Chadwick Boseman Sobbed on Set of His Final Film, Says Director: His Girlfriend 'Picked Him Up'
Secretly battling the disease that would kill him, Chadwick Boseman had an emotional moment on set of his final film
Chadwick Boseman had a devastating moment on set of his final film, months before his death at 43.
The actor's last role comes as trumpet player Levee in Netflix's Ma Rainey's Black Bottom. In a new interview with WSJ. Magazine, the film's director, Tony Award winner George C. Wolfe, recalled how one scene turned surprisingly poignant for the late star.
The scene came as Levee belittles Colman Domingo's Cutler for being a man of faith, ending in an emotional monologue the director didn't think Boseman would attempt in one take. The speech sees Levee look up to the skies and challenge "Cutler's God," according to the magazine.
“We were doing it in a very casual way, and I assumed that when Levee got to the big speech that Chadwick was going to stop. But he didn’t stop. He kept going, and Levee took over—it was raw and explosive," remembered Wolfe. "Afterwards, Chadwick just started to sob, and Colman hugged him, and then Chadwick’s girlfriend basically picked him up.”
Boseman was dating Taylor Simone Ledward at the time, though the two married before his death. Boseman died in August four years after being diagnosed with stage 4 colon cancer.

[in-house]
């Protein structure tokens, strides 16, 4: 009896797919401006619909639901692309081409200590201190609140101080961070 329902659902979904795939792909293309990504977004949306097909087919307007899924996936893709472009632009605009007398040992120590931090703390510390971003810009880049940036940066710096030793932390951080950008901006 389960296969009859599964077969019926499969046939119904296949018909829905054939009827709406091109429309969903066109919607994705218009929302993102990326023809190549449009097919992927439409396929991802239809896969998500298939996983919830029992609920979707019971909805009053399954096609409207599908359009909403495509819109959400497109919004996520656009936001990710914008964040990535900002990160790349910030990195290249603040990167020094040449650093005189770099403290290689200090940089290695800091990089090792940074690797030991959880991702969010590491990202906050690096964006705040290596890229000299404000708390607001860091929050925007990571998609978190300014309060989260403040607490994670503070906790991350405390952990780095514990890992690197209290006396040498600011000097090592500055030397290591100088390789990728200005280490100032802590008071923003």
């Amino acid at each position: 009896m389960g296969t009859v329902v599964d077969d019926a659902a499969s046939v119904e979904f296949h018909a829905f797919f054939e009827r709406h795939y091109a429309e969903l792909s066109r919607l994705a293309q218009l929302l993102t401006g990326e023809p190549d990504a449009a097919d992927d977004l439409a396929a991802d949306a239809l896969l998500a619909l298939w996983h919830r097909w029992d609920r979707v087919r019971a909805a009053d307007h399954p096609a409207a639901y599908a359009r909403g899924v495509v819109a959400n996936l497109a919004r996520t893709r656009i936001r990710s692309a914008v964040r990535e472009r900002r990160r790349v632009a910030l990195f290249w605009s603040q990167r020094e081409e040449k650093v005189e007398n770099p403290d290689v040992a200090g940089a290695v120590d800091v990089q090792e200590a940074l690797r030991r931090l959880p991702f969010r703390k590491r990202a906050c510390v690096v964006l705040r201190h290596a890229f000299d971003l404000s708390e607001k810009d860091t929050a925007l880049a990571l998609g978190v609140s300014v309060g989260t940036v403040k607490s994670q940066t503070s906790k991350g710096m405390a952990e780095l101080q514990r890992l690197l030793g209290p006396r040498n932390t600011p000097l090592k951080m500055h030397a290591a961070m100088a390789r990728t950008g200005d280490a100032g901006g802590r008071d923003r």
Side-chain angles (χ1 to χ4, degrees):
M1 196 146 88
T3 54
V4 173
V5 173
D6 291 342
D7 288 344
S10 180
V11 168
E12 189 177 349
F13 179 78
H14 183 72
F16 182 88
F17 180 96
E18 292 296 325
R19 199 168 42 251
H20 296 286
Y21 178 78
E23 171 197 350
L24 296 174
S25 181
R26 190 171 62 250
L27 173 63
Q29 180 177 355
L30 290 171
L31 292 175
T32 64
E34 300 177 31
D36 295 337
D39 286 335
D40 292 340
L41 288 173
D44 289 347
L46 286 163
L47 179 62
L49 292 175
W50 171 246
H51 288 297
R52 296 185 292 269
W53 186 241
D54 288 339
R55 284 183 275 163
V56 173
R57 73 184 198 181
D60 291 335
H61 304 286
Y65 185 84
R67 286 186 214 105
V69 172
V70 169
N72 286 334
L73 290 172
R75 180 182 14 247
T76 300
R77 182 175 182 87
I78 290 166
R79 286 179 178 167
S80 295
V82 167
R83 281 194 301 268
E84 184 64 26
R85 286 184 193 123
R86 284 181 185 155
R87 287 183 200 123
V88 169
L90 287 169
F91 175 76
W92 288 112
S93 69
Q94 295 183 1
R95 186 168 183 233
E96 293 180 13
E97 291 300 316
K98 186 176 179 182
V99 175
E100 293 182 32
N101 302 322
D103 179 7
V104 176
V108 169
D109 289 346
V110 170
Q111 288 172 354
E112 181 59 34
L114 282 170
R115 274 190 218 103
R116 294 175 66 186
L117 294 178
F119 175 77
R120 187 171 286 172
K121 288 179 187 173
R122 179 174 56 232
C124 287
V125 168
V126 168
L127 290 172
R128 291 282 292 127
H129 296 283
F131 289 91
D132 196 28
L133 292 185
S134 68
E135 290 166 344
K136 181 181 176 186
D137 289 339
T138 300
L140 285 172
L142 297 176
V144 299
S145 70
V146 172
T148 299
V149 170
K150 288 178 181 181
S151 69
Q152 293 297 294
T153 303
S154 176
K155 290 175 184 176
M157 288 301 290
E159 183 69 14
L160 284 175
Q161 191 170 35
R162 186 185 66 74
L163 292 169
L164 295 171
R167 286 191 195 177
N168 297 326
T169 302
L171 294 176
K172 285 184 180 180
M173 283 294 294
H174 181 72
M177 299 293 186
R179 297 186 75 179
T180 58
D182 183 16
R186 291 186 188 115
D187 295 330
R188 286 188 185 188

Also speaking to the magazine, Domingo remembered how Boseman would often seem preoccupied on set.
“I could tell with Chad sometimes, he had something on his mind. He’d walk into a room and he wouldn’t speak to anyone,” Domingo said.
Domingo then jokingly confronted the actor, saying, “Oh, you’re just not going to say hi to anybody?” Domingo remembered Boseman smiling at the time, subsequently making it a point to shake Domingo's hand and give him a hug every day on set.
Ma Rainey's Black Bottom is based on August Wilson's 1982 play about the "Mother of Blues" Ma Rainey (Viola Davis) and her experience with white management at the time. The movie takes place in 1927 Chicago and explores the racial tension in the music world as white record executives profited off of Black artists.
Last month, Netflix confirmed its plan to campaign the late star as the lead actor in the upcoming film. Netflix will also campaign him for supporting actor awards for his turn in Spike Lee's Da 5 Bloods this summer.
Should he be nominated for Best Actor at the 2021 Academy Awards, Boseman will be the first posthumous nominee in the category since Massimo Troisi for 1995’s Il Postino. If he is nominated for Best Supporting Actor, he would become the third person in Oscar history to do so, following Ralph Richardson in 1984’s Greystoke: The Legend of Tarzan, Lord of the Apes and Heath Ledger in 2008’s The Dark Knight.
Ma Rainey's Black Bottom starts streaming on Netflix on Dec. 18.